Barani Krishnan
Barani Krishnan Mar 29, 2021 4:01AM ET
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Shane Gg  Spot on. It's nice to hear consensus for something I had been screaming about for months: Lost market share. There IS a price for all these cuts. It was the Saudis who held out in the last round and somehow forced the Russians and Kazakhs to take another incremental increase. Compliance to the Saudis has been too good -- OPEC is seldom a bunch that's THIS disciplined, pandemic notwithstanding -- and we should see the unity fraying soon, with their disparate states of economic recovery and unique challenges within. Case in point, Libya: With its new unified government that's super focused on getting oil out of the ground.
John Brannon
John Brannon Mar 29, 2021 4:01AM ET
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Barani Krishnan  The Iran to China oil trade and the 25 year partnership are surely needling the Saudis. It's somewhat entertaining, watching the Clint Eastwood quoting Saudis lose market share to Iran. I doubt they are willing to tolerate that for too long.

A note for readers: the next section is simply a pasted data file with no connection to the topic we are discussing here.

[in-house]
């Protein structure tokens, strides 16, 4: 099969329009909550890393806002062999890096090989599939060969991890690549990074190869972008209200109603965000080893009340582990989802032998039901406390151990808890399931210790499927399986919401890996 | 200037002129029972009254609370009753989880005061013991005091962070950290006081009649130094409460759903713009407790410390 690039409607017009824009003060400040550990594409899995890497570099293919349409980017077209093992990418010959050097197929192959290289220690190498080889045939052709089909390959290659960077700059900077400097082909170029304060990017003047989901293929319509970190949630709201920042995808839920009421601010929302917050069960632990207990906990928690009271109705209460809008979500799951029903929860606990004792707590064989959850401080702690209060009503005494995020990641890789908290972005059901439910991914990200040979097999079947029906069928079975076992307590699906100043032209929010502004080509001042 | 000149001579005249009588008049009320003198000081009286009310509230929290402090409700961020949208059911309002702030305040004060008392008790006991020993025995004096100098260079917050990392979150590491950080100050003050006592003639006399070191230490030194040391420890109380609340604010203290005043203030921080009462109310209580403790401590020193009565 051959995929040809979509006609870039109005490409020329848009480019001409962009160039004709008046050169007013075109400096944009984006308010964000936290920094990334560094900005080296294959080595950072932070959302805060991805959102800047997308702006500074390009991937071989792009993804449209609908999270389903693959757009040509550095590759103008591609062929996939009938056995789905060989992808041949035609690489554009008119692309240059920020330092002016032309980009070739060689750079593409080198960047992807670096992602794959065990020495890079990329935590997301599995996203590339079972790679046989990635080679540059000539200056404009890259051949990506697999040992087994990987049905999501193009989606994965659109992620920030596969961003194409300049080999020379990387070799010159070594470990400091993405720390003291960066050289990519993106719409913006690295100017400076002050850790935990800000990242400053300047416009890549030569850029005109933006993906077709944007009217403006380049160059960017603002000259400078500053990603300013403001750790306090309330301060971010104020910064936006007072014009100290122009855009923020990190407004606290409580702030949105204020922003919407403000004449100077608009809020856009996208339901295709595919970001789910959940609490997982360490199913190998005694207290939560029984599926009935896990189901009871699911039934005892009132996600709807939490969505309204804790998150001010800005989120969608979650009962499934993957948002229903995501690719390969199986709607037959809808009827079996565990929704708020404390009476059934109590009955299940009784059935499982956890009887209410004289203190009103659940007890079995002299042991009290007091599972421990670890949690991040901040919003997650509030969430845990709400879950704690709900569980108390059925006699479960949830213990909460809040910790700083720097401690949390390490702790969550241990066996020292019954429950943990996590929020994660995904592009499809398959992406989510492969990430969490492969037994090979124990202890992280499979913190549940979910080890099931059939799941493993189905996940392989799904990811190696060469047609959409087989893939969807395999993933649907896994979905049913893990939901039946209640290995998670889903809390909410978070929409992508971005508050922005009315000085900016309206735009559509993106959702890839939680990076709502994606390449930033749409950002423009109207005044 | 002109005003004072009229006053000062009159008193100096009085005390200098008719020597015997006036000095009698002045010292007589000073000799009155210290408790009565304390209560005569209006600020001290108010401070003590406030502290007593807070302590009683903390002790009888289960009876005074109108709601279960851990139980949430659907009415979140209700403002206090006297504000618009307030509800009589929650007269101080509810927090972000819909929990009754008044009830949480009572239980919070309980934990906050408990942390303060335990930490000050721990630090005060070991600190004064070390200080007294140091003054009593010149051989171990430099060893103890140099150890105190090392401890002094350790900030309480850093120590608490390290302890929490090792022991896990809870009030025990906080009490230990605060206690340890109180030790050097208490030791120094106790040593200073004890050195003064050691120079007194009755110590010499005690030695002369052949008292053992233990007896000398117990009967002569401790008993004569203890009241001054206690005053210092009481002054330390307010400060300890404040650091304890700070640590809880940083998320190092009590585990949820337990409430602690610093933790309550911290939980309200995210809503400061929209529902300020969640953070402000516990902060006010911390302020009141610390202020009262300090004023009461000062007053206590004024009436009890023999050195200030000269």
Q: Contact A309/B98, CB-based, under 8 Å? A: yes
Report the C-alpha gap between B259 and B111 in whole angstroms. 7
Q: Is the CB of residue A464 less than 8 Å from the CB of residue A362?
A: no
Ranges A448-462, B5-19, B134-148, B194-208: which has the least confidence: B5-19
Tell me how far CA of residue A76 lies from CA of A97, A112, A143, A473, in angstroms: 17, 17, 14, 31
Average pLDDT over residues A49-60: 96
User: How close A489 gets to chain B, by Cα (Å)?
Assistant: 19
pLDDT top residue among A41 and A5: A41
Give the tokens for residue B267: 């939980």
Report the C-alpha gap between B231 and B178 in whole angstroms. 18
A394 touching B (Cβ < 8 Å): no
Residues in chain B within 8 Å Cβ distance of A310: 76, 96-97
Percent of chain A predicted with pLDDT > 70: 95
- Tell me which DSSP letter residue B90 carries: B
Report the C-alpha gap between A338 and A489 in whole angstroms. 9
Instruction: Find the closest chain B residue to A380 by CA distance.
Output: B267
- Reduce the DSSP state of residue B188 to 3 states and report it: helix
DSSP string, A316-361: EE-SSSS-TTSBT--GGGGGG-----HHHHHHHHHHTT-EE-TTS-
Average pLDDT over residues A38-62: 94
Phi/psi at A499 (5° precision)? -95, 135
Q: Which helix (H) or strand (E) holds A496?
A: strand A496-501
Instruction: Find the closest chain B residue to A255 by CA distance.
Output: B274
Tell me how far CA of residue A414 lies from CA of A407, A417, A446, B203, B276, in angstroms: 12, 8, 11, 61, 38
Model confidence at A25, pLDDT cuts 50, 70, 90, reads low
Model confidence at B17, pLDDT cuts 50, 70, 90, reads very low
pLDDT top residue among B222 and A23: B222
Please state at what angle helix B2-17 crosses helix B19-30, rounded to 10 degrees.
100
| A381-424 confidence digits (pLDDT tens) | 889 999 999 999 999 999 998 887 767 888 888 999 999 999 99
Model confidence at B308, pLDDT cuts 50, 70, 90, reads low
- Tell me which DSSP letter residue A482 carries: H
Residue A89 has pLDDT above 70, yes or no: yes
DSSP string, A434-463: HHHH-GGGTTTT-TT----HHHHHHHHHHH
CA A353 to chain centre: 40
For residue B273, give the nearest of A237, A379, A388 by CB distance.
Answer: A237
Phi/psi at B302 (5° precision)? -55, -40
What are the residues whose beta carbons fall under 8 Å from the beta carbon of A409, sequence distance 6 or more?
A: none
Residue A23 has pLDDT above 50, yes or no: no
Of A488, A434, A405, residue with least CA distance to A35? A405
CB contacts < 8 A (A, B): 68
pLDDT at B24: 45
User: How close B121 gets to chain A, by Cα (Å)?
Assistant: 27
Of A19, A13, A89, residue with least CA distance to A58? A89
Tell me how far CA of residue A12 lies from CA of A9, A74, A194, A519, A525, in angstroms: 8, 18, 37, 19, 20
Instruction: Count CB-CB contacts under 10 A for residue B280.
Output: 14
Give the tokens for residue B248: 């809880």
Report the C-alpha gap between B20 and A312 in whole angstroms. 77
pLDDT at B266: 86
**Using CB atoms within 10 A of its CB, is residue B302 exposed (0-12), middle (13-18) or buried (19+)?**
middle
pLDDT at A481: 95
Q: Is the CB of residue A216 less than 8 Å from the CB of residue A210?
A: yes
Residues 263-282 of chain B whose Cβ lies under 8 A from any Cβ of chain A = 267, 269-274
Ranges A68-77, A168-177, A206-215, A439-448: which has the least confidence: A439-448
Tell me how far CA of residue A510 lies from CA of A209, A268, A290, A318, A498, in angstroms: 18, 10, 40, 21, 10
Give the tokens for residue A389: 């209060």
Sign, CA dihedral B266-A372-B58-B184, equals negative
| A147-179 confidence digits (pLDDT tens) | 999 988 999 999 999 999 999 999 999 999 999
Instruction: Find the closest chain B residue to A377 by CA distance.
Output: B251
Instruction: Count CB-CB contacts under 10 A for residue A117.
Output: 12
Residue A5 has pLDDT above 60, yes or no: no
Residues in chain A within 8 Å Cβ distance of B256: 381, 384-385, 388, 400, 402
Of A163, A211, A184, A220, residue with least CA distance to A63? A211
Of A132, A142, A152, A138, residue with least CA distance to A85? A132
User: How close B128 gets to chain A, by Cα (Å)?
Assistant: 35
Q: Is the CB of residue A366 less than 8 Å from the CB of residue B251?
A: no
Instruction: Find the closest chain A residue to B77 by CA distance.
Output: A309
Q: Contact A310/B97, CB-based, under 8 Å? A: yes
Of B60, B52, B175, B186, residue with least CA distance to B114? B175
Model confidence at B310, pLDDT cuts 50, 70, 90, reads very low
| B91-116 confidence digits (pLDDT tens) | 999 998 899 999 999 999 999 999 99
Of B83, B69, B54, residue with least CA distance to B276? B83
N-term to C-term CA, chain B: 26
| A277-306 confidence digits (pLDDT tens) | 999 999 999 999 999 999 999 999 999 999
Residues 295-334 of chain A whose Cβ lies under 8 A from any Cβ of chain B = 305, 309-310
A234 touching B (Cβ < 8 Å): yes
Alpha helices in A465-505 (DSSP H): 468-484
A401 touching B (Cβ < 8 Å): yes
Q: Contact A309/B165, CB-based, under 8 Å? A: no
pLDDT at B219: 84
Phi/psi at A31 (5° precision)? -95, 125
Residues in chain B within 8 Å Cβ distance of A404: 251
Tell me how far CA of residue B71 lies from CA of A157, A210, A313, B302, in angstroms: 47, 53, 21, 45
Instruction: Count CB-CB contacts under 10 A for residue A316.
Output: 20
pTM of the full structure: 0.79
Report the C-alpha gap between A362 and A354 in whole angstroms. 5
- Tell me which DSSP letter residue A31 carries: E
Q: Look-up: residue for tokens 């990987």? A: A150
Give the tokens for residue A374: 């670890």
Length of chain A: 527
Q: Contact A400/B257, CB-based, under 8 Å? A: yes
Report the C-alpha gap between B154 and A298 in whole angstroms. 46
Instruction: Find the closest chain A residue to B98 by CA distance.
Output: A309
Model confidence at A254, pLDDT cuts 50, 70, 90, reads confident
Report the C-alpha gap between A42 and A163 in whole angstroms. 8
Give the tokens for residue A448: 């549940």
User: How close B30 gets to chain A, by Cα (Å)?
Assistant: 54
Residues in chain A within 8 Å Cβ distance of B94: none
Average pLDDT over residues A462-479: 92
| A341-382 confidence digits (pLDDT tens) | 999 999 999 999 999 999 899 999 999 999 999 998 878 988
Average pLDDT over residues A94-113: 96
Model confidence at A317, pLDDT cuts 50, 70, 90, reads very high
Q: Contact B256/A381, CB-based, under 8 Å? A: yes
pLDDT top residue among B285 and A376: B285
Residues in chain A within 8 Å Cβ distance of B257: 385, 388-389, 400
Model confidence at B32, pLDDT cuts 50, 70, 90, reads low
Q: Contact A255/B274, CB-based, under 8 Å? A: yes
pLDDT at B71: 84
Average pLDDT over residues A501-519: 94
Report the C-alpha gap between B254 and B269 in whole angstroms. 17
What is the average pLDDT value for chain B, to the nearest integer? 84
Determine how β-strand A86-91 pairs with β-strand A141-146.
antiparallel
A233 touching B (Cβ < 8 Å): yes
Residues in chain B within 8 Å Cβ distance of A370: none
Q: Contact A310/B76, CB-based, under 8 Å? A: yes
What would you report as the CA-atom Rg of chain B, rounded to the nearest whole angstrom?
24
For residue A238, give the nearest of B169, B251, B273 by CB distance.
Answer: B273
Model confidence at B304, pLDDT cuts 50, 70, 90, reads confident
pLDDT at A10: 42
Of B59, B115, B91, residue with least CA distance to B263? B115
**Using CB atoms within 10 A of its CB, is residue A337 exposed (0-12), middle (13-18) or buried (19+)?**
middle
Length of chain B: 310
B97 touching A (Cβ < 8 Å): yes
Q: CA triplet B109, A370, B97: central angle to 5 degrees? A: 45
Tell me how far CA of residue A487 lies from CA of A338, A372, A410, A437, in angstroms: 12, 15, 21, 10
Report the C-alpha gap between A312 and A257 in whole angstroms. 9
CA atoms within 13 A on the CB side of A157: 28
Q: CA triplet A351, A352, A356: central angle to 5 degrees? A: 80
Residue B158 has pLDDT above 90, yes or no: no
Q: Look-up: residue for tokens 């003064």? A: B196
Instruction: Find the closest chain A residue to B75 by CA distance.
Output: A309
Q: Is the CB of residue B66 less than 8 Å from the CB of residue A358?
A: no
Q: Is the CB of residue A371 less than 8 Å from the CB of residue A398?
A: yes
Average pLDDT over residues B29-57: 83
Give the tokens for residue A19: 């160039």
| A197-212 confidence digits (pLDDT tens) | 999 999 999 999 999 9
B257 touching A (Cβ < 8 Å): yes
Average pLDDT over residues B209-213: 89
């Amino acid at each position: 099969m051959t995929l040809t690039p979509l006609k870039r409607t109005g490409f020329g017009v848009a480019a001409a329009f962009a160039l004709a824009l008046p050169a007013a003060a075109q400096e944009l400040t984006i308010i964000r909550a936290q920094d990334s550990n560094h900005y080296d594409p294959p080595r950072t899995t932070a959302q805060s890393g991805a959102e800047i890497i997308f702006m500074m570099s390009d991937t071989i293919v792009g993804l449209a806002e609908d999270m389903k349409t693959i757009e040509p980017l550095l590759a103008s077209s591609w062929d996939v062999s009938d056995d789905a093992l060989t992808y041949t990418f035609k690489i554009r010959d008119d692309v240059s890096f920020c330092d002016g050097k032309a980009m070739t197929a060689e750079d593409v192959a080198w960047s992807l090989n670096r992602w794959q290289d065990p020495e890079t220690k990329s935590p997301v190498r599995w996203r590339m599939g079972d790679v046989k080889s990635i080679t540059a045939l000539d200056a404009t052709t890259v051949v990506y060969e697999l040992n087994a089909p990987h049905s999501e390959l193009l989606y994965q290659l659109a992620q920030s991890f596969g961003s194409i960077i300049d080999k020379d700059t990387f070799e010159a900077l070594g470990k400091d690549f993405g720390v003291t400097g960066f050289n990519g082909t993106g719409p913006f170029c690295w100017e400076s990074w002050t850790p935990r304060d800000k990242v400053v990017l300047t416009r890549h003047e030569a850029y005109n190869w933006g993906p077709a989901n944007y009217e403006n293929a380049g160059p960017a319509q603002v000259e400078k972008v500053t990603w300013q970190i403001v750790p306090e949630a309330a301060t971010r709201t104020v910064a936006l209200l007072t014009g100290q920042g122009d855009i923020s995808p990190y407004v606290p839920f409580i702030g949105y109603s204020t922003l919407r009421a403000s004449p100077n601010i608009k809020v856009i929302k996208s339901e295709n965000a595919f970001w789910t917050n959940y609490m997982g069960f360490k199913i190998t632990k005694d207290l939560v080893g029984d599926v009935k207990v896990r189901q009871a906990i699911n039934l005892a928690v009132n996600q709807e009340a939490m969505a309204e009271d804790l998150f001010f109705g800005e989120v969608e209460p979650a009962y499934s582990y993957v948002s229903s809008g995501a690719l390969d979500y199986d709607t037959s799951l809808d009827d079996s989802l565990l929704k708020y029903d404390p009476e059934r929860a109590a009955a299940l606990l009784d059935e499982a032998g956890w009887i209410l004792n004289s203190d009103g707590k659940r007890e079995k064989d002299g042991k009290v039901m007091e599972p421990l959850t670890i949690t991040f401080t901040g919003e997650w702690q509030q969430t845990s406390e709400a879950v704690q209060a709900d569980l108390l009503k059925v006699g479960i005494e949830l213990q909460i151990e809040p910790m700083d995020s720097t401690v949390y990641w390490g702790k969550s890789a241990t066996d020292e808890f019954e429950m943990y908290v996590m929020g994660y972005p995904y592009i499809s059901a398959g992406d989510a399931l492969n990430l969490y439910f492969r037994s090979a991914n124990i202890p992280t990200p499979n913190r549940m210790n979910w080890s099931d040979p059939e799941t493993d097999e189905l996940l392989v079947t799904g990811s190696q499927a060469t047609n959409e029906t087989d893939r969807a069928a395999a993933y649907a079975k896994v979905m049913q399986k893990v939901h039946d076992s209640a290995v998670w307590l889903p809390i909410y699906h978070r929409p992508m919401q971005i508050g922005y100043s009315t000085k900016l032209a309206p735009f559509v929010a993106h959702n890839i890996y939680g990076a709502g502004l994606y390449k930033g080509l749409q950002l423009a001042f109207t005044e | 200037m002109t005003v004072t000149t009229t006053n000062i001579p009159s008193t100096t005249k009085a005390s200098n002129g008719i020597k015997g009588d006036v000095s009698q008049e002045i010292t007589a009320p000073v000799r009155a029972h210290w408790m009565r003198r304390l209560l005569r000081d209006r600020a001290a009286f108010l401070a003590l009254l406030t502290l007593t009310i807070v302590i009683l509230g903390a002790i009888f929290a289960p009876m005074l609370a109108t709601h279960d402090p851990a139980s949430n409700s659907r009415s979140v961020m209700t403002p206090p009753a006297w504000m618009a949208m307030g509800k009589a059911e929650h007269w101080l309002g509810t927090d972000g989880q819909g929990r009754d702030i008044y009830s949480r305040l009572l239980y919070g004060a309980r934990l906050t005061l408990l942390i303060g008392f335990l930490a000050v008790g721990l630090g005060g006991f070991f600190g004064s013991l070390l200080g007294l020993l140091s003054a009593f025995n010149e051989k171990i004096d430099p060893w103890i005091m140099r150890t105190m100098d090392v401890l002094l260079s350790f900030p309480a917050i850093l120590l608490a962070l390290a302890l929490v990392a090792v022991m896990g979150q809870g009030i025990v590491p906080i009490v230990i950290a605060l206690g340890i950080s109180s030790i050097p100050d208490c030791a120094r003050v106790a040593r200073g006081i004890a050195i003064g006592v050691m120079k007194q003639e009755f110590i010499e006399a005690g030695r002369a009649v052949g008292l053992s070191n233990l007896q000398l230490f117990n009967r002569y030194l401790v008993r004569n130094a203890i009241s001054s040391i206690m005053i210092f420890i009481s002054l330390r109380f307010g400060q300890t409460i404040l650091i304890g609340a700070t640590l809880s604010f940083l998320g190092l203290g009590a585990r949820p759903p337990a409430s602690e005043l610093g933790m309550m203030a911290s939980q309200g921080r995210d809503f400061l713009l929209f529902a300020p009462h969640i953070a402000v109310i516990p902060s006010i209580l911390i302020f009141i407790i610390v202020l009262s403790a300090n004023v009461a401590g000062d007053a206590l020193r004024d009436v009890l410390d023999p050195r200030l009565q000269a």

Barani Krishnan
Barani Krishnan Mar 29, 2021 4:01AM ET
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John Brannon  Ha ha ... "Go ahead, make my day!" ... What was AbS even thinking of then? (I bet you could hear muffled voices behind him even then, muttering "Every bear has its day!" :))) But seriously, he thought just shifting to a monthly meeting format instead of half-yearly will always keep him a step ahead of the market? He also promised never to divulge what the group would do. But there isn't much to figure out in OPEC: It's a one-trick pony -- cut, cut and cut. That works splendidly at times -- not always.